Mama Mia! Feminism, and Motherhood

While I have heard the soundtrack on several occasions before this week I had never seen Mama Mia! and I enjoyed it. I usually do not enjoy musicals but I thought this was a good film.

First, I’d like to connect the film to the Williams article. Williams writes that women are often viewed as the mother, and that their roles involve joy in pain, of pleasure and sacrifice.  This sacrifice often comes from the difficult decision of “letting their daughter go” like in the film Stella Dallas. I noticed that this happens in Mama Mia! as well. Donna and her daughter argue over the wedding and Donna’s discontent with it happening. Donna does seem like she may be upset to see her daughter go. However, Donna is not only a mother, like the article discusses how Stella was shown as primarily a mother. Donna is also shown to have her own interests, including her friends, work (not as much an interest but another way she is shown not only as a mother) and Sam.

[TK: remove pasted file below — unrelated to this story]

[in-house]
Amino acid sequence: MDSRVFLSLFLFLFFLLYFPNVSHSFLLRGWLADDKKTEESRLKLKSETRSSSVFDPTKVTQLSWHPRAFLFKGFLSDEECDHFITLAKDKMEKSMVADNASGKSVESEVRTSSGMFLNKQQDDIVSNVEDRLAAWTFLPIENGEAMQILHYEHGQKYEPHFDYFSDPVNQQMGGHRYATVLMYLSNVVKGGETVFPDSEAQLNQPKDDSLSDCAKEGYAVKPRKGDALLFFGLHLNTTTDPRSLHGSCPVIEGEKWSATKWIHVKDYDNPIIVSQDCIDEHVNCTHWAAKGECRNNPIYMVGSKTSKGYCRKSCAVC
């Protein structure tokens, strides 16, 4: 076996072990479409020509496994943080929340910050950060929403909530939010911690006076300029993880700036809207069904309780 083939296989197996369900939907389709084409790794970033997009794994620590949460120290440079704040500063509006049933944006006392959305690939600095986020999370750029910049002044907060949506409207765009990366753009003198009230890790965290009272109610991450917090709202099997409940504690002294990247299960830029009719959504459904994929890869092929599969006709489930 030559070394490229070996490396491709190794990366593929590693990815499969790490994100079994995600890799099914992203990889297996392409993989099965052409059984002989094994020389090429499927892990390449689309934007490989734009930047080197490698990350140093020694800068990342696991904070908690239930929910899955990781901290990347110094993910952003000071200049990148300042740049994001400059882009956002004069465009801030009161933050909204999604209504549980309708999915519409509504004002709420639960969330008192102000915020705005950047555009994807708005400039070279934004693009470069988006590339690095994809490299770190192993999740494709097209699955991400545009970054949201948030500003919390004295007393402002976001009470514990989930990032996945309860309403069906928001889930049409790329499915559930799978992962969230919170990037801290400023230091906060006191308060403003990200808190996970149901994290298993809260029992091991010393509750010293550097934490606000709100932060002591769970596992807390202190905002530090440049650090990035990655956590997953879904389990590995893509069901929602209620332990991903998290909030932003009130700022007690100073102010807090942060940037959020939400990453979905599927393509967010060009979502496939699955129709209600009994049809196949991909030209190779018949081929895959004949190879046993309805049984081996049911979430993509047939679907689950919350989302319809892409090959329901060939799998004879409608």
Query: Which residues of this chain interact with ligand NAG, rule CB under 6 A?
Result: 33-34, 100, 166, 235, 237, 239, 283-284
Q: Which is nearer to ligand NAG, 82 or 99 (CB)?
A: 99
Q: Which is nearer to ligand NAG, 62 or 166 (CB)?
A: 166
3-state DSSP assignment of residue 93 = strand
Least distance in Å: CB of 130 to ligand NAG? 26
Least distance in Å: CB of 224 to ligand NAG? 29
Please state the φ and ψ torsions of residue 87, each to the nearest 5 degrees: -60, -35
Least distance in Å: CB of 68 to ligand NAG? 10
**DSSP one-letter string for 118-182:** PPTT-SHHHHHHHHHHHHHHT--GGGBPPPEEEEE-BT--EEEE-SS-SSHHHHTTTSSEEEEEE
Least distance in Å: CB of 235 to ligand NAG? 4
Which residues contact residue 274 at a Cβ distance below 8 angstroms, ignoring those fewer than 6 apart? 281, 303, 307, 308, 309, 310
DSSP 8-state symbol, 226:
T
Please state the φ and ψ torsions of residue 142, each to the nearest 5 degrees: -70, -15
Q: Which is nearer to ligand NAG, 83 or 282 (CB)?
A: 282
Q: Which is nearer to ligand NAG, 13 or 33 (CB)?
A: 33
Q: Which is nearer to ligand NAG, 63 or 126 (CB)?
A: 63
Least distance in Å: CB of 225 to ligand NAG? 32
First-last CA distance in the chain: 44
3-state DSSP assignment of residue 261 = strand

The film is in many ways feminist. It has strong, independent women as the protagonists, and effectively minimizes the objectification of women. I do still believe there was objectification of women in the film however. On the beach Tanya is surrounded by younger men and is pursued by Pepper, with a lot of suggestive dancing. But for the most part Tanya is controlling the situation. In addition to this, when other scenes may have been considered objectifying in other films, they were done in a way that did not. In many scenes men are not around to cast a gaze, leaving only the camera and the audience, and without a male character to follow in the gaze, it is somewhat forgotten and the scene is simply seen for what it is. The three main male protagonists in the film cast almost no gaze in my opinion. One being gay, and the other two having  respect for Donna. Except for the scene where they first meet again, and the camera angle shows the men framed between her legs.

As for the Genre and Narrative of the film, I believe it is a romantic/comedy/musical.  The narrative is primarily from the perspective of Donna and Sophie. But we do not only see what they see, making it effective.

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